All that said, I’m sorry, but a terrorist is a terrorist, regardless of nationality.  There may be very good reasons to limit drone attacks on individuals, but whether the target is an American or a foreign national is not one of them. At the same time, allowing the precedent of targeting an American citizen without due process raises another question.  When and where does an American citizen become an enemy combatant?  Saying that the president or the armed forces cannot attack or kill an American citizen plotting terrorist acts against Americans and others without a warrant is ludicrous, but allowing the president or the government authority to kill expatriate citizens, or other citizen, or for that matter foreign nationals, without defining the conditions that justify such actions could easily allow the “legal” transition to a type of police state.

The question of allowing drone attacks is, at least to me, somewhat less problematic.  There certainly are areas and places and individuals against which drones should not be used, for any number of good and legal, not to mention moral, reasons, but in a world where terror can and has struck anywhere, where terrorists and those supporting them do not limit themselves to a defined battlefield and never will, the idea of limiting the use of drones to a defined battlefield is not only absurd, but also runs the considerable risk of resulting in the killing of not only more soldiers but more civilians.  If one cannot use drones away from the battlefield, then what are the options left to the government?  Terrorists do not respond to negotiations, if indeed, they could even be found for such negotiations; they just want their demands for power met, and virtually every terrorist group ends up killing and oppressing others when it obtains power.  If drones cannot be used, then governments must either do nothing or use other means of force, and that usually means either economic sanctions or boots on the ground, both of which fall disproportionately upon the innocent.

Both of these concerns, if carried to extremes, reflect a certain naiveté, if I’m being kind, or a willful blindness in the service of ideology, if I’m being more honest.

Is there that much difference between someone who shoots someone in a gang war or a robbery and someone who shoots innocents in pursuit of political power?  In either case, people are dead because someone wants something and believes they can get it in no other way.  And in the United States, we have plenty of American citizens, unfortunately, who kill to get something, whether that something is fame, glory, material goods, revenge, or to take their anger out on others. While we do have means to deal with such individuals, assuming we can discover and apprehend them, those mechanisms do not operate overseas, and many countries, especially in parts of Asia and the Middle East, are either actively or passively endorsing terrorists.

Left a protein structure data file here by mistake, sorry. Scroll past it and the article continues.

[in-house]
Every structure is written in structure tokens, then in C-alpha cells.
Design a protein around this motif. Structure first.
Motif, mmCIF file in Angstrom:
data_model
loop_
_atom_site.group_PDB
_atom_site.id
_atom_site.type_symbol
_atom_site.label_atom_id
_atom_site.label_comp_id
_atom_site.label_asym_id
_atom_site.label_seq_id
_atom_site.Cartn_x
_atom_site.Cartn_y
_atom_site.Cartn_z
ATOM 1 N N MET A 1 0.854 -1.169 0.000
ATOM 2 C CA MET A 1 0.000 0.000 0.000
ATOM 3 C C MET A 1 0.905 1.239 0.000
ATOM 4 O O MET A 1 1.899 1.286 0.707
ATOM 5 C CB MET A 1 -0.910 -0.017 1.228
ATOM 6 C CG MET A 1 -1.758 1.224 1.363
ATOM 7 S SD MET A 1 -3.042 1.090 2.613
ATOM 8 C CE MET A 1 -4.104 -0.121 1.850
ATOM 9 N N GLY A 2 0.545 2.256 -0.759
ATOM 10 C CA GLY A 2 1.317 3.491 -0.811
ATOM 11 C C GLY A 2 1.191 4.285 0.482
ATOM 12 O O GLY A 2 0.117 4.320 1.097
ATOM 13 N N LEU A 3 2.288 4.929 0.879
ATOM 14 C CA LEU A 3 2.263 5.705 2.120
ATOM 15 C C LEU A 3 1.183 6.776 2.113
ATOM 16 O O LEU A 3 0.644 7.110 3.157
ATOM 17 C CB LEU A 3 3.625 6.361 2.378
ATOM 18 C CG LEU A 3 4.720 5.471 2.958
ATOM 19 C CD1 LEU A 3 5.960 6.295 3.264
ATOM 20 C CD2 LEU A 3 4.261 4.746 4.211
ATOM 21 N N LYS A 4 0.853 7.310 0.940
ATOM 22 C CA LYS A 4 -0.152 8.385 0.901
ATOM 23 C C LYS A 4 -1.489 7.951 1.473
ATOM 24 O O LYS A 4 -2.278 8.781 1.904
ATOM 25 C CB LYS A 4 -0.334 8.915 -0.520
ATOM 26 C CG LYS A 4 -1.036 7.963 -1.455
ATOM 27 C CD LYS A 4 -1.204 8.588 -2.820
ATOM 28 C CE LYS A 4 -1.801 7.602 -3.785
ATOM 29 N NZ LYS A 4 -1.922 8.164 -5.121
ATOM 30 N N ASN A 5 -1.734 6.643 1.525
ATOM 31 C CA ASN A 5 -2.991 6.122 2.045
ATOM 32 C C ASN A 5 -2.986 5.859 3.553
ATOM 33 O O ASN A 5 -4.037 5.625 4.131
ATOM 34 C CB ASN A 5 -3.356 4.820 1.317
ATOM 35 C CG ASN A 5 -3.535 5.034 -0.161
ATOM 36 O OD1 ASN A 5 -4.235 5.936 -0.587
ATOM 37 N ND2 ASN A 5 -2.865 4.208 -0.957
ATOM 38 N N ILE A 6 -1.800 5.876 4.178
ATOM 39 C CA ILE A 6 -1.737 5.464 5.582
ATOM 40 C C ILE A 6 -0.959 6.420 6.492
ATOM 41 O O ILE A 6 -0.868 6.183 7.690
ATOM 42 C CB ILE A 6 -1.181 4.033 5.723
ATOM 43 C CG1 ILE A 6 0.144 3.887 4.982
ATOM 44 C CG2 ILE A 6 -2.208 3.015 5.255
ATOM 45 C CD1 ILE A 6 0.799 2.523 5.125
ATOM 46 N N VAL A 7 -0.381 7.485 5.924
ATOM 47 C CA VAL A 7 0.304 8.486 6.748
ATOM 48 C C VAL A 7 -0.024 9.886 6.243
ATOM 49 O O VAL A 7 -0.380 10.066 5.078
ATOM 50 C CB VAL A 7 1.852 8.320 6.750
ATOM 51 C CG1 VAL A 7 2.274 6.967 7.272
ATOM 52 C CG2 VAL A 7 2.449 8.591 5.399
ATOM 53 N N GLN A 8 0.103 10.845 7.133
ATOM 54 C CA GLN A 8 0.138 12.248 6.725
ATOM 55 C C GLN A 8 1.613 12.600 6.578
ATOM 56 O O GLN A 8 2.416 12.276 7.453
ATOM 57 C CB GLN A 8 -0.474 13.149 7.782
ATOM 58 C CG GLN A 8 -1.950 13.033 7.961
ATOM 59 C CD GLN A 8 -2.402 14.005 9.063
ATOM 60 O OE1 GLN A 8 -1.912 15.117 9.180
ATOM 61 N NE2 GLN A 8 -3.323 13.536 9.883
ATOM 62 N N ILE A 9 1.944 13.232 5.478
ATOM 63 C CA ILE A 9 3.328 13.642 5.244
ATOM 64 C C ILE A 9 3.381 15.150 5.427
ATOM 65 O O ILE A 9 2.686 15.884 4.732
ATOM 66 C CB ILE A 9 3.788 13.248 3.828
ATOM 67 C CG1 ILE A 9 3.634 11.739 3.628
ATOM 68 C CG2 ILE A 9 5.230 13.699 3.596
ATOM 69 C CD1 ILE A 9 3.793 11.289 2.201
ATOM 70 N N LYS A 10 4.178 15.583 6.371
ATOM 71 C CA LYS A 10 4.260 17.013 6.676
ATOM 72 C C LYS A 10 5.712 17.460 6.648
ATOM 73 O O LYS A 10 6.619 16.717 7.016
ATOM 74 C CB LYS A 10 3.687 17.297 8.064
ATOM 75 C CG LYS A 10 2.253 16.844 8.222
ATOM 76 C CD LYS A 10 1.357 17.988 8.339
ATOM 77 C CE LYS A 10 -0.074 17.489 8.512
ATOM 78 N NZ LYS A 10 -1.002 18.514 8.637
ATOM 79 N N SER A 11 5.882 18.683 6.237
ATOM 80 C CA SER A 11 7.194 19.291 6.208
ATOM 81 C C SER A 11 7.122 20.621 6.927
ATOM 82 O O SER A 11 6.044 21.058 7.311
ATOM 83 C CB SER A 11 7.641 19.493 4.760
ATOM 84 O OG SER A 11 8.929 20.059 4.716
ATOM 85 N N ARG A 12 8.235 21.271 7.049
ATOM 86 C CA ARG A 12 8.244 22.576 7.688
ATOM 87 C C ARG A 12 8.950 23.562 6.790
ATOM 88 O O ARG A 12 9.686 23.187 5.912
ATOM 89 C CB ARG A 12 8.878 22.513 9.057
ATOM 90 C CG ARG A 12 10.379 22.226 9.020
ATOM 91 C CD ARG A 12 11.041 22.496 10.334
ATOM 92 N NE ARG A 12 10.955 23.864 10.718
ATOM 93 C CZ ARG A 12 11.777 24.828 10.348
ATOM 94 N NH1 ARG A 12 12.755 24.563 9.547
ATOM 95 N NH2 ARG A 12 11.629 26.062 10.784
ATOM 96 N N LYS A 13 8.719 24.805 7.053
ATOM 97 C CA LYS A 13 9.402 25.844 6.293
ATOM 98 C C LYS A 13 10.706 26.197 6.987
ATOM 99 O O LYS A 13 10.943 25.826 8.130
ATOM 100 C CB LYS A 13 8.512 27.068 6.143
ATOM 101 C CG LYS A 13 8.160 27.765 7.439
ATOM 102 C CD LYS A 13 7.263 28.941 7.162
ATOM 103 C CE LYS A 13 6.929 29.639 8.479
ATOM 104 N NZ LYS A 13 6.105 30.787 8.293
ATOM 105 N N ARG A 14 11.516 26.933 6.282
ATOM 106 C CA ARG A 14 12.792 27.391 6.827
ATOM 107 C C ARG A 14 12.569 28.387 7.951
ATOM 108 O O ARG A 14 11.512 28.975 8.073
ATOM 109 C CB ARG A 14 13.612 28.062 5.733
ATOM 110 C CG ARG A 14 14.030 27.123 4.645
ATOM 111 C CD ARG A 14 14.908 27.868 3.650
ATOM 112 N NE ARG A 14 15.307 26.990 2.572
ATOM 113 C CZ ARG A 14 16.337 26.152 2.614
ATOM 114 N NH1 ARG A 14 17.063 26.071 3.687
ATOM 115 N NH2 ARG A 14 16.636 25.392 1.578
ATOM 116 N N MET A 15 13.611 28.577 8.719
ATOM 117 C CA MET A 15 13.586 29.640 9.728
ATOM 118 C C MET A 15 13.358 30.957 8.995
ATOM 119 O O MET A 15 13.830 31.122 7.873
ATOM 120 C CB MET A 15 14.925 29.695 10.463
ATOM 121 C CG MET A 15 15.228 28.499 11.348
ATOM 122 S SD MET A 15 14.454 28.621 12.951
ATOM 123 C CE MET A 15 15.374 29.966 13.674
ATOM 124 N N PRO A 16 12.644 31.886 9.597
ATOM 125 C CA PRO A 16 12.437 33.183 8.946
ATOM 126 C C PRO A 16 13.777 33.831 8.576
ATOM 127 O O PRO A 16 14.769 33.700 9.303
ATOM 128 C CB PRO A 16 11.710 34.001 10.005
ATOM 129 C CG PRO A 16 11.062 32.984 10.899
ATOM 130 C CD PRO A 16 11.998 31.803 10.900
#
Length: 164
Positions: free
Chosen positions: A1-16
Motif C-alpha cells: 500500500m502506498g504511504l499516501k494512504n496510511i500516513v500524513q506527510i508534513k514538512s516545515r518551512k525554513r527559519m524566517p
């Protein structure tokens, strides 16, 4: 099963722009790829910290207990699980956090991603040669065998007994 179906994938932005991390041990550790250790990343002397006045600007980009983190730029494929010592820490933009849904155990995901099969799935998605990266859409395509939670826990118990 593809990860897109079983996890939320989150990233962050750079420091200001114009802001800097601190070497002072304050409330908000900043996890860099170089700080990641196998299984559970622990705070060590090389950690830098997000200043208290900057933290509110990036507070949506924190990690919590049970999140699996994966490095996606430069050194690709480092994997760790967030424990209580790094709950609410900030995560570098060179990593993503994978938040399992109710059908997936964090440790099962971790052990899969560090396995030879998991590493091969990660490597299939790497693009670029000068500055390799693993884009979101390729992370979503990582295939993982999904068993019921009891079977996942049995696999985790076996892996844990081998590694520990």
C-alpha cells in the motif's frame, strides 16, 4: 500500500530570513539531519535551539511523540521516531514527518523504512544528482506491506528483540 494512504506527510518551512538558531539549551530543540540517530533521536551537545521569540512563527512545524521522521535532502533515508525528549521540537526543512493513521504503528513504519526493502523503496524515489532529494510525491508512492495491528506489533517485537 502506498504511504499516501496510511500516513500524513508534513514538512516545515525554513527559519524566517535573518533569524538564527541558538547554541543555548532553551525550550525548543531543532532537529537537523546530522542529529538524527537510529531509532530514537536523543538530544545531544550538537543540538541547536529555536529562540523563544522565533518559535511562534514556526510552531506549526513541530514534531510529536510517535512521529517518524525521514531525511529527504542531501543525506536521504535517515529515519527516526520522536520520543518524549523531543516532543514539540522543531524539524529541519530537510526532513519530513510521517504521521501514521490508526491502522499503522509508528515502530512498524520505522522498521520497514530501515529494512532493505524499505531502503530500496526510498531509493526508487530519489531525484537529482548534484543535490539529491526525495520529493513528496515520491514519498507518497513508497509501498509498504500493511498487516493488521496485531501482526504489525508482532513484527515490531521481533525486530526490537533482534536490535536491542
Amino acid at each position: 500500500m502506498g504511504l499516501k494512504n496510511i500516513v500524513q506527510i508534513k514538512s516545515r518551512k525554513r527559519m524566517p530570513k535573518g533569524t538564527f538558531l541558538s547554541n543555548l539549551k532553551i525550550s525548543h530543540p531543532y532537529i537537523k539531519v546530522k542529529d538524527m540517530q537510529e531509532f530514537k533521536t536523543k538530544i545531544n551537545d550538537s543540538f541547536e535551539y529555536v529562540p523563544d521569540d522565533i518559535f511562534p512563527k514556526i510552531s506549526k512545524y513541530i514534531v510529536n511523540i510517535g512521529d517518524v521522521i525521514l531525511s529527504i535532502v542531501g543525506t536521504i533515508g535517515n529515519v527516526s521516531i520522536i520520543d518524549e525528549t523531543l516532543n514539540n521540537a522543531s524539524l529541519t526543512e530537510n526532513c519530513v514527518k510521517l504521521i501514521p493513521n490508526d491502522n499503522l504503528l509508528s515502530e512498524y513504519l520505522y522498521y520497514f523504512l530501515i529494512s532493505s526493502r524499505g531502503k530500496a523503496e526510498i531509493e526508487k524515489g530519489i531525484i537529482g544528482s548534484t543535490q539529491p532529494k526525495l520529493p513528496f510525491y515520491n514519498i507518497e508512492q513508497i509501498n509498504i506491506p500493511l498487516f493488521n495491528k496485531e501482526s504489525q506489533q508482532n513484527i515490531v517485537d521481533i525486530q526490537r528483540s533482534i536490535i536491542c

The Senate is right to look into the policies adopted and employed by the military and intelligence agencies, but to insist on pre-conditions that exempt all Americans from actions to preclude terrorism or those which may effectively leave our government with no effective way to deal with terrorists in certain countries is anything but wise.


More on the “Instant” Generation

There have been a number of stories lately about the Millennial Generation, loosely defined as those young adults born between 1982 and 2004, and one author has even written a book claiming that the Millennial Generation will be the next great generation.  Let us just say that I have my doubts, but I could certainly be wrong, since that generation has another five to six decades to allay my concerns.

What I do know, however, is that a significant proportion of that generation has an enormous and largely undiagnosed problem that has gone largely unrecognized.  Oh, some of the symptoms of that problem have been widely reported, but these “symptoms” are seen as separate problems, rather than as a manifestation of a far larger problem.